Then, as he was going into his freshman year of high school, a new head coach took over at South Glens Falls, Jason Spector, who had been coaching college wrestling. “He was a maniac,” Hunsdon said with a laugh. “He beat the hell out of us in practice; every day I was bleeding from somewhere on my face.”
Now, he uses his wrestling technique to his advantage. “Wrestling is the best sport to get you into MMA,” Hunsdon said. “You will be a better fighter if you know how to wrestle than if you’re a boxer or jiu-jitsu guy because 99 percent of all fights close the distance, and what I mean by that is that two people come together and hit the ground — a wrestler is going to have an edge over anyone.”
THE BIG LEAGUES
Hunsdon is moving forward from amateur fights to the professional arena of Ultimate Fighting Championship, which began in 1993 as a professional MMA organization and is now the world’s leading promoter of the discipline.
This organization is the home of hybrid athletes who excel in various forms of martial arts such as karate, jiu-jitsu, boxing, kickboxing, grappling, wrestling, sumo and other contact sports. UFC’s website explains: “These athletes are not born, they’re built.”
“I’m getting close to 30, which I don’t think that hinders me at all because Randy Couture was one of the best UFC fighters and he didn’t start until that age,” Hunsdon said. “I’m getting to the age where if I’m going to do it, I have to do it now.”
Soon he could be fighting in locations as varied as Las Vegas, Taiwan and Japan. It won’t be in New York, at least not right away — professional MMA bouts are illegal here, although efforts are underway to change that.
His first fight at the professional level will occur within the next six to eight weeks.
His goal is to ascend to the top, number one in the world in the 205-pound weight class. “I want to be a world champion, the best in the world at what I do,” Hunsdon said. “I don’t care if I’m it for 100 years or a minute, I just want to get there.”
Seven questions for
Darrin J. Hunsdon Jr.
Q: Favorite movie?
A: “Boondock Saints.”
Q: Favorite TV series?
Q: Essential pizza toppings?
A: Pineapple and ham
Q: Object you couldn’t live without?
A: Pocket knife. I use it for everything all the time.
Q: Dream car?
A: 1979 F-250 High boy; it has to be hunter green.
Q: Favorite holiday?
A: Halloween, you get to be someone else for a night.
Q: What was your best costume?
A: I was a bush, I made it myself.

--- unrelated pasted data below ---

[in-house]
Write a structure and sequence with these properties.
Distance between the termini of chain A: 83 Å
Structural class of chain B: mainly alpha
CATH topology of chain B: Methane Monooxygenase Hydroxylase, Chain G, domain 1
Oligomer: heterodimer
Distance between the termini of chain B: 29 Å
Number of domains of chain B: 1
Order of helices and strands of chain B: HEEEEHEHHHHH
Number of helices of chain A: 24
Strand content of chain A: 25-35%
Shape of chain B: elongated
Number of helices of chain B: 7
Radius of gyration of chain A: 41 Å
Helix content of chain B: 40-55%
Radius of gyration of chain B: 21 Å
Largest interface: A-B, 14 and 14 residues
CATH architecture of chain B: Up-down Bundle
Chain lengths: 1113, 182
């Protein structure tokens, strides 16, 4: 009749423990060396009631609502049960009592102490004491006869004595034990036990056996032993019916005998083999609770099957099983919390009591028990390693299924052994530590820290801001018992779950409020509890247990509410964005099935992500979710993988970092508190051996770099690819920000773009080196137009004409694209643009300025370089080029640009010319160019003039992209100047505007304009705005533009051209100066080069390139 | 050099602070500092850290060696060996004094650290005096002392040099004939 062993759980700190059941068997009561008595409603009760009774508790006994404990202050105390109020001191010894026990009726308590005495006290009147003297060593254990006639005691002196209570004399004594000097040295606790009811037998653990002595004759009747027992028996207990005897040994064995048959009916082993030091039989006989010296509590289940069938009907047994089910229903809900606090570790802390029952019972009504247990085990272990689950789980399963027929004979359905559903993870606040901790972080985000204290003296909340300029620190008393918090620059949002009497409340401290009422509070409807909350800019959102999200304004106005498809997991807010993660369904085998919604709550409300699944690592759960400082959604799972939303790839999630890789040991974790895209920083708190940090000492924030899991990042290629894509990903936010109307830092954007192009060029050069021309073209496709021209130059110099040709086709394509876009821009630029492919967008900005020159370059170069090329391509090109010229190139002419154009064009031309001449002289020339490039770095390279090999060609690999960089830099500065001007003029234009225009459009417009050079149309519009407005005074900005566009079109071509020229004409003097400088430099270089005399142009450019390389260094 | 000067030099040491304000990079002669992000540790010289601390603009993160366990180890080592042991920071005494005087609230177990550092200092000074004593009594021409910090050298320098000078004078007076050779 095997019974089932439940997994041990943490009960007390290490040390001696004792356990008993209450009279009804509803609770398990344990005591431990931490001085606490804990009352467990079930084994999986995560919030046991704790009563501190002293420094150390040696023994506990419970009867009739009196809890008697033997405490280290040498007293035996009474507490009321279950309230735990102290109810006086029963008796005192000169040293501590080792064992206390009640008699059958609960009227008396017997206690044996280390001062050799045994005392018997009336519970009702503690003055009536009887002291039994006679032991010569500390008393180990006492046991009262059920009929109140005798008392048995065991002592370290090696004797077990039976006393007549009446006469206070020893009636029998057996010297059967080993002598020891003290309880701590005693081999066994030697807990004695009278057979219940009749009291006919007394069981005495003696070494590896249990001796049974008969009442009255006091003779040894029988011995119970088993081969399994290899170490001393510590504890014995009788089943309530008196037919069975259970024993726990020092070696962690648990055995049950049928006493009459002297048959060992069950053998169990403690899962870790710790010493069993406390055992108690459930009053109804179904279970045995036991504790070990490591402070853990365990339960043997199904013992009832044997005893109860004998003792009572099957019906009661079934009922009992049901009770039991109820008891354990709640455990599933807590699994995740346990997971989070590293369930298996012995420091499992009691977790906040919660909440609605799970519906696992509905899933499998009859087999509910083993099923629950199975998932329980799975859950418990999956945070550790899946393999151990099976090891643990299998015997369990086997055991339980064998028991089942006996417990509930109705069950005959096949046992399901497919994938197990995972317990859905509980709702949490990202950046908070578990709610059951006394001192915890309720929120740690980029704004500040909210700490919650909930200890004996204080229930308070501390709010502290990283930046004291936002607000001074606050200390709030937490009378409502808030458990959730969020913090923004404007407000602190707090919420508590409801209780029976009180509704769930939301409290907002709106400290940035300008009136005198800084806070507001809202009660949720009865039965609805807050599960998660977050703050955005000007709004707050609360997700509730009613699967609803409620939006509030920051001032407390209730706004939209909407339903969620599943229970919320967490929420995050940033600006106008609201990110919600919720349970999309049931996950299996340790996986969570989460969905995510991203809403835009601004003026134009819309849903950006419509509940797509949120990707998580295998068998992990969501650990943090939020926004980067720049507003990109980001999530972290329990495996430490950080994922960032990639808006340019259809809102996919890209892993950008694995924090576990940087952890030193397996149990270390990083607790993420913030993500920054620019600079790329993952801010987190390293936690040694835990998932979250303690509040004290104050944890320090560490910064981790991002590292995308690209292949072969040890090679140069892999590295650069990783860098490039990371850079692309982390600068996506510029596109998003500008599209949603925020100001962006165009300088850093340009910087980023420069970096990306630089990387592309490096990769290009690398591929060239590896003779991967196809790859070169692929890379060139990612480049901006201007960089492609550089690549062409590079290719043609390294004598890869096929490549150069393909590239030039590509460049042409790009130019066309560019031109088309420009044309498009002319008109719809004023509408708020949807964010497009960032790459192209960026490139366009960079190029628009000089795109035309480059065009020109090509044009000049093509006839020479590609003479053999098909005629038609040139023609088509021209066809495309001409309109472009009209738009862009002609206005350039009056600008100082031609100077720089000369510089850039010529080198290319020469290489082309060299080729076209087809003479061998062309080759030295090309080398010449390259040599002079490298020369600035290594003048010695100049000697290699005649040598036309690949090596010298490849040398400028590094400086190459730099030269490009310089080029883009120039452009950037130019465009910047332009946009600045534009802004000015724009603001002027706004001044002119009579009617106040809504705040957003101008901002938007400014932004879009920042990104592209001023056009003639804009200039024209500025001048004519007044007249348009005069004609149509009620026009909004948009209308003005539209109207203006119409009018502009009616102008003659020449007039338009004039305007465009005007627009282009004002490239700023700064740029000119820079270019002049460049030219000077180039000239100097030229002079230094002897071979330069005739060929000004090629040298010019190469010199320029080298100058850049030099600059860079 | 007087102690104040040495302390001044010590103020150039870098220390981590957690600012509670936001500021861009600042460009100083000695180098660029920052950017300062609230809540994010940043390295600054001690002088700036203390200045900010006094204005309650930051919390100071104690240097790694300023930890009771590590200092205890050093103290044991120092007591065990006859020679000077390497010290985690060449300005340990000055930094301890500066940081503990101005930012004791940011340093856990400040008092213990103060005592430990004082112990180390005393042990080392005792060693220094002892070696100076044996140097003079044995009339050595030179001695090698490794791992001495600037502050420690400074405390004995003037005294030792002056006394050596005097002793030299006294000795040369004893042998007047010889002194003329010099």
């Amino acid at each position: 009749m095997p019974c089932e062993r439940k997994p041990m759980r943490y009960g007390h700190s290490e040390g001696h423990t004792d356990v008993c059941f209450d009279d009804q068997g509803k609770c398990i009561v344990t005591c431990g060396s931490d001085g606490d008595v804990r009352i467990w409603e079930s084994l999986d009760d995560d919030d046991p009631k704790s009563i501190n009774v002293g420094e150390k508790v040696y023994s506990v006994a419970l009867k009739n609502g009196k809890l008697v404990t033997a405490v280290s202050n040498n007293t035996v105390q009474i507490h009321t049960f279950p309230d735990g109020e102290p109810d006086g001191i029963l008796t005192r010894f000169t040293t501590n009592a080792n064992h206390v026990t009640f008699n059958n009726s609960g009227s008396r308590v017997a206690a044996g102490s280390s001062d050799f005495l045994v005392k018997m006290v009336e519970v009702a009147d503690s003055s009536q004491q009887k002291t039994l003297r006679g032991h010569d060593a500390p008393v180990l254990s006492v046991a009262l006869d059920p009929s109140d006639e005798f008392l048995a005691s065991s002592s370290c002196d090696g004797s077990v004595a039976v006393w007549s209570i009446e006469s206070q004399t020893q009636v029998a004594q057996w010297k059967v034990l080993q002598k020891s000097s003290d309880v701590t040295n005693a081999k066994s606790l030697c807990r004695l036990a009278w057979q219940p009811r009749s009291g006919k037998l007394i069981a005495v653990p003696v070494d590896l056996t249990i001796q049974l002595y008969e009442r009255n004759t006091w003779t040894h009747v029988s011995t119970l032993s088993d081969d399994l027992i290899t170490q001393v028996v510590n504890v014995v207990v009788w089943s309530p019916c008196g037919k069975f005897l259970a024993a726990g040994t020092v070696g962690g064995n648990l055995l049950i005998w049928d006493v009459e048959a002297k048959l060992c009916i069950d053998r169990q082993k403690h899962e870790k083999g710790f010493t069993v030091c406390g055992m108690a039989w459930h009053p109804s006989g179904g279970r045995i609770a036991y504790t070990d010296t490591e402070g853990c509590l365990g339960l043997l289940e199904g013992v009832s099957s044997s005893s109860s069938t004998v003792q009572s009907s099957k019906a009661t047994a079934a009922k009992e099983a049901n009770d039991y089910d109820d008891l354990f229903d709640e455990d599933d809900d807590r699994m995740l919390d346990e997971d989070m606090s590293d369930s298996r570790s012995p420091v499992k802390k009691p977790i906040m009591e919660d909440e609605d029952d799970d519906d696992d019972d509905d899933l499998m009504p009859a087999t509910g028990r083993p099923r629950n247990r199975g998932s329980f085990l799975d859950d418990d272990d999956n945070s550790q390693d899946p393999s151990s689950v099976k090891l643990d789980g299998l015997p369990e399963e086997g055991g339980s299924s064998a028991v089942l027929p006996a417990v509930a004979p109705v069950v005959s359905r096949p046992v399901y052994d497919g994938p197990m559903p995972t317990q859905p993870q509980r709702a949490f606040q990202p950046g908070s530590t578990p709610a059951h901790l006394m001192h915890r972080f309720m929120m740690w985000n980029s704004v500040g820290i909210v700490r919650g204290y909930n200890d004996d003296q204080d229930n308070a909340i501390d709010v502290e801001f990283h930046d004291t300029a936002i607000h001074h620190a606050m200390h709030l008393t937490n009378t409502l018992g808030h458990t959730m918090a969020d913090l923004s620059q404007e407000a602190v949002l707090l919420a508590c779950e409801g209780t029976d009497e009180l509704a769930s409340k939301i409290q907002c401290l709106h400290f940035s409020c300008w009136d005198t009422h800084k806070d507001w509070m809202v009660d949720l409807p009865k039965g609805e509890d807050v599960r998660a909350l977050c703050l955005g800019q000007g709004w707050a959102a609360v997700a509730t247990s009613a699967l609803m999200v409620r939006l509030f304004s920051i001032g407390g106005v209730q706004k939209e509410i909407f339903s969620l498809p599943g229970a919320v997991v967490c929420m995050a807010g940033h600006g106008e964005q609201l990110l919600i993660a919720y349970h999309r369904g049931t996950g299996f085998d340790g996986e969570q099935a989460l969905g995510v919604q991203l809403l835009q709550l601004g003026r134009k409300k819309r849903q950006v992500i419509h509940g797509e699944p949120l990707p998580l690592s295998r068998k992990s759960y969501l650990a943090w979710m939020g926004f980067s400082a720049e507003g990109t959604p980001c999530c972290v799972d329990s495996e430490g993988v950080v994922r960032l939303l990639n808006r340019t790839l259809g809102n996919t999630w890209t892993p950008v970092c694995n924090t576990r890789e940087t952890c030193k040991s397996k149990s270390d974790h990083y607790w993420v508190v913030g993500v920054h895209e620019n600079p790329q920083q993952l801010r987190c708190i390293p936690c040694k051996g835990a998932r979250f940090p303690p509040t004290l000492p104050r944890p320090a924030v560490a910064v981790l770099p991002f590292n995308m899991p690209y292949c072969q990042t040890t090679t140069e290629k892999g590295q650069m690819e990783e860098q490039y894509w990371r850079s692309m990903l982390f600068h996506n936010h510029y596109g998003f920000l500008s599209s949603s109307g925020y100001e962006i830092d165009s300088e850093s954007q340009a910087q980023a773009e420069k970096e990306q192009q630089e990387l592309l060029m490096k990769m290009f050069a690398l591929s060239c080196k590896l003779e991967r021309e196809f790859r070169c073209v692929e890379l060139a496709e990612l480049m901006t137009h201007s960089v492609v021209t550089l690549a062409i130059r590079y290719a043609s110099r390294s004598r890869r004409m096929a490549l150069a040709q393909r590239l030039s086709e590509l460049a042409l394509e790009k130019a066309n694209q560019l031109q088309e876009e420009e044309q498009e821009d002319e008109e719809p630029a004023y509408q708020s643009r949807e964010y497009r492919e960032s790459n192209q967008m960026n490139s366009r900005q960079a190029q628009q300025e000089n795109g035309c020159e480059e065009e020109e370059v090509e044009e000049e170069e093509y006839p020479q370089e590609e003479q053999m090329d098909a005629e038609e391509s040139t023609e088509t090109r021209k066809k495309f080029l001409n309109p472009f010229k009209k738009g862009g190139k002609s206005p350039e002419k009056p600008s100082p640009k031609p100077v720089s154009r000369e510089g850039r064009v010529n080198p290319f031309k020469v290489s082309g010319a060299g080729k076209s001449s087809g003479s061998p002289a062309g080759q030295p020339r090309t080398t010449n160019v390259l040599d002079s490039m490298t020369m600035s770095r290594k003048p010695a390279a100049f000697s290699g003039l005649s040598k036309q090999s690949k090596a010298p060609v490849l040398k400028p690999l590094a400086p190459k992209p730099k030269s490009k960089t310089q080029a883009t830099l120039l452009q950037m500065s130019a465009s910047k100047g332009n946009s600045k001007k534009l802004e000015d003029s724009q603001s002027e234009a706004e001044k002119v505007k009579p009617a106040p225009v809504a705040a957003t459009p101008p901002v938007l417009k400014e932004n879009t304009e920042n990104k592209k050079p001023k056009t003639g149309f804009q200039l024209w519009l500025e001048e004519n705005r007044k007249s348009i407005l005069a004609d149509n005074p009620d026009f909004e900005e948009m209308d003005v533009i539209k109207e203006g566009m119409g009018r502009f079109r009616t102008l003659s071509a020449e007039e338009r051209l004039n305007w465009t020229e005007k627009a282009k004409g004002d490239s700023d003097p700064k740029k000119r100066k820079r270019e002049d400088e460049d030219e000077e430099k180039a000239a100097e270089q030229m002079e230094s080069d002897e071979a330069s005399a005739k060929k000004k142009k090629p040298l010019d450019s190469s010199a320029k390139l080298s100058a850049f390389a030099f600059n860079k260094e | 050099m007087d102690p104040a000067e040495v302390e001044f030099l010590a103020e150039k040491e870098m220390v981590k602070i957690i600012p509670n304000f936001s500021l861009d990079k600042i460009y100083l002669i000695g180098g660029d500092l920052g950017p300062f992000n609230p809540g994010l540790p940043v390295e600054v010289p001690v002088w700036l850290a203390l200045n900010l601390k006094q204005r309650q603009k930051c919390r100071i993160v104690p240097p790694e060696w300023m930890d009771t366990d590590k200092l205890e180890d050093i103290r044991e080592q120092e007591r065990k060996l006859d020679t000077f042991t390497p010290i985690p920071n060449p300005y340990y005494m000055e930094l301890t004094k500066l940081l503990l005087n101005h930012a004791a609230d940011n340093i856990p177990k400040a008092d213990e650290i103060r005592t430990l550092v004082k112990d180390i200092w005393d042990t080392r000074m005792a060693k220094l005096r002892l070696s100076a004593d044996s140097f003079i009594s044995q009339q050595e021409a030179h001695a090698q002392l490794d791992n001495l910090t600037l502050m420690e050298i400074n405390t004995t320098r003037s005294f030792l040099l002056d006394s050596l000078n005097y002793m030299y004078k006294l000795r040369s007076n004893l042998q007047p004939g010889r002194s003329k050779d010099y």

Should professional MMA be made legal in New York?
Professional mixed martial arts became illegal in New York state in 1997. It is the only state to ban the sport at the professional level — only amateur events are allowed. Those in opposition to legalizing MMA say that it’s too violent. Others argue that it could bring economic development and that it’s just as rough as other sporting endeavors. Here’s what some local officials have to say:
“I think it should be legalized. It’s a professional sport and it’s regulated successfully in other areas of the country. Some people may think it’s a little more violent than boxing, and certainly it’s a different style of fighting, but I think it can be regulated successfully here in New York state like it is in other parts of the country.”
— Clifton Park town
Supervisor Phil Barrett
“Since the fall of 2012, when I was a candidate for state Senate, I publicly expressed my support for the legalization of Mixed Martial Arts and said that I would vote for it. As senator, I kept my promise and have voted in favor of legalizing MMA because it would generate tens of millions of dollars in revenue and economic activity for our state and local communities. Most important, legalizing MMA in New York state would make the sport even safer, as it would ensure that athletes and contests are well-regulated and carefully supervised. MMA is one of the fastest-growing sports in the world and it’s time New York state woke up from its slumber, recognized this fact and gave MMA a fighting chance.”
— State Sen. Kathy Marchione, R-Halfmoon, chair of the Senate’s Local Government Committee
“I confess I’ve never had the opportunity to study the issue very much, I’ve heard about it peripherally. My suggestion would be that the powers that be should carefully examine the facts and if this is something that we feel comfortable that we can have as an activity in our state then I don’t see any reason why it shouldn’t be legal.”
— Pete Bardunias, president/CEO of the Chamber of Southern Saratoga County